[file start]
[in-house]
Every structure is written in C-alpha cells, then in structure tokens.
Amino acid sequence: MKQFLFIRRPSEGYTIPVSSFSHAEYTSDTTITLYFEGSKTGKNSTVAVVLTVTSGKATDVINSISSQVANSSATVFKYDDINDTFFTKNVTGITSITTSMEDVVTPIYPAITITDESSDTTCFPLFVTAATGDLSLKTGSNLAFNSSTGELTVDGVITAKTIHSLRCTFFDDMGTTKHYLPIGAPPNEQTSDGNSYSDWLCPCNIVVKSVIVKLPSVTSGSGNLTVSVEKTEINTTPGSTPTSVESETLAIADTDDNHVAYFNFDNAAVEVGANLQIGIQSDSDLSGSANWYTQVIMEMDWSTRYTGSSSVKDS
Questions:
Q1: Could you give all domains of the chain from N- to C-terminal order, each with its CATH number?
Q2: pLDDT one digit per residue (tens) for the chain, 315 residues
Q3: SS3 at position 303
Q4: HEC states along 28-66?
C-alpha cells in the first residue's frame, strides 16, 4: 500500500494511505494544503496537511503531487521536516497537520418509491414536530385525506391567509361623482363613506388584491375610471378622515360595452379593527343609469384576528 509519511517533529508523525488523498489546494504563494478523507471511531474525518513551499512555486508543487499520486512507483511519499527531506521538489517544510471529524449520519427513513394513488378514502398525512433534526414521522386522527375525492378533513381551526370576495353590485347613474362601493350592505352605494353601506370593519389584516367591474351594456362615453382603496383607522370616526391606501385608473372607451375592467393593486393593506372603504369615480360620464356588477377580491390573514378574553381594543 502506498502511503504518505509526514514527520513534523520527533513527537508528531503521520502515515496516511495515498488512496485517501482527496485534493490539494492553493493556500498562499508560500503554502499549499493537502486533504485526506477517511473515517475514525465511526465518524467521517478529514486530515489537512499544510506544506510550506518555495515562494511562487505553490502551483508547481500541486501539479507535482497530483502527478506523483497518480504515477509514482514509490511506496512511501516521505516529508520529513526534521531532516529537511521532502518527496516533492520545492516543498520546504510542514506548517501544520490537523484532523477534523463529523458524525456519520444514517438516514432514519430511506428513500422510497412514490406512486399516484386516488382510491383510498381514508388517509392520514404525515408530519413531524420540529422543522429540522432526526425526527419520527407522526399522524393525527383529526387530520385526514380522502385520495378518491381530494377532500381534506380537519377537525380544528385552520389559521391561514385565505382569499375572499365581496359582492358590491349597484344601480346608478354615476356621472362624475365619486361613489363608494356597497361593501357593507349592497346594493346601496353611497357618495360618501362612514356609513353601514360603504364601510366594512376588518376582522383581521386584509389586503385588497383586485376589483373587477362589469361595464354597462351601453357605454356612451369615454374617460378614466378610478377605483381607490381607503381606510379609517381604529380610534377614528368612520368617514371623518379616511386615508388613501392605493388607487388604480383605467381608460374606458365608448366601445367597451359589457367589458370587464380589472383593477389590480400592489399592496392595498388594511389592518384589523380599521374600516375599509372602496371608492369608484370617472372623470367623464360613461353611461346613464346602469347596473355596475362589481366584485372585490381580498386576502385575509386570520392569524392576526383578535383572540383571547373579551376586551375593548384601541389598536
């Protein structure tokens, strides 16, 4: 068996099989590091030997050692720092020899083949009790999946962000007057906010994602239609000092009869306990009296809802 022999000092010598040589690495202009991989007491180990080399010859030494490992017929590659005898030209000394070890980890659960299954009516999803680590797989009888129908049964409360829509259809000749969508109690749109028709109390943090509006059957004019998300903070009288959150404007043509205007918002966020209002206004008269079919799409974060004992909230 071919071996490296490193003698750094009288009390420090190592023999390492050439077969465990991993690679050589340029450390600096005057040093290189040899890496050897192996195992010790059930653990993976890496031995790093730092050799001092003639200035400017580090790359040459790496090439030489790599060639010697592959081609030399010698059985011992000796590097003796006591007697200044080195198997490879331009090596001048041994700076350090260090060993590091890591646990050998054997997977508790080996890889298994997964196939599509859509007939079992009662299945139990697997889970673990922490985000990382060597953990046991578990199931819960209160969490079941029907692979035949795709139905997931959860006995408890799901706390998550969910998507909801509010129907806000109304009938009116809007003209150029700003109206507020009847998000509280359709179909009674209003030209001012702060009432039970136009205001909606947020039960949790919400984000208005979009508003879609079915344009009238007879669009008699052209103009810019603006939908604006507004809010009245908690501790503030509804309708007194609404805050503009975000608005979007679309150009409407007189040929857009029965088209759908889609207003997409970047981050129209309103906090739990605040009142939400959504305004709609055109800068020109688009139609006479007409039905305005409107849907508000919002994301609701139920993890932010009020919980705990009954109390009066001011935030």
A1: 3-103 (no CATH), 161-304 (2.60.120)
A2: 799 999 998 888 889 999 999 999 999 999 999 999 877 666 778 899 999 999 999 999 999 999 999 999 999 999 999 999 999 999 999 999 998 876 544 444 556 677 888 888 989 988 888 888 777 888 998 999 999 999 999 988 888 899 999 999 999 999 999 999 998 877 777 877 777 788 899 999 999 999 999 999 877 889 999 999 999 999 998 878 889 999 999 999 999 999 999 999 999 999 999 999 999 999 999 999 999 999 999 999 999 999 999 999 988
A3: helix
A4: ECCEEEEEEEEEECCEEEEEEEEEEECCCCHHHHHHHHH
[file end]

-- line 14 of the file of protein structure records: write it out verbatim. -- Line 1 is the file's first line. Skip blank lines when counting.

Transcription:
A4: ECCEEEEEEEEEECCEEEEEEEEEEECCCCHHHHHHHHH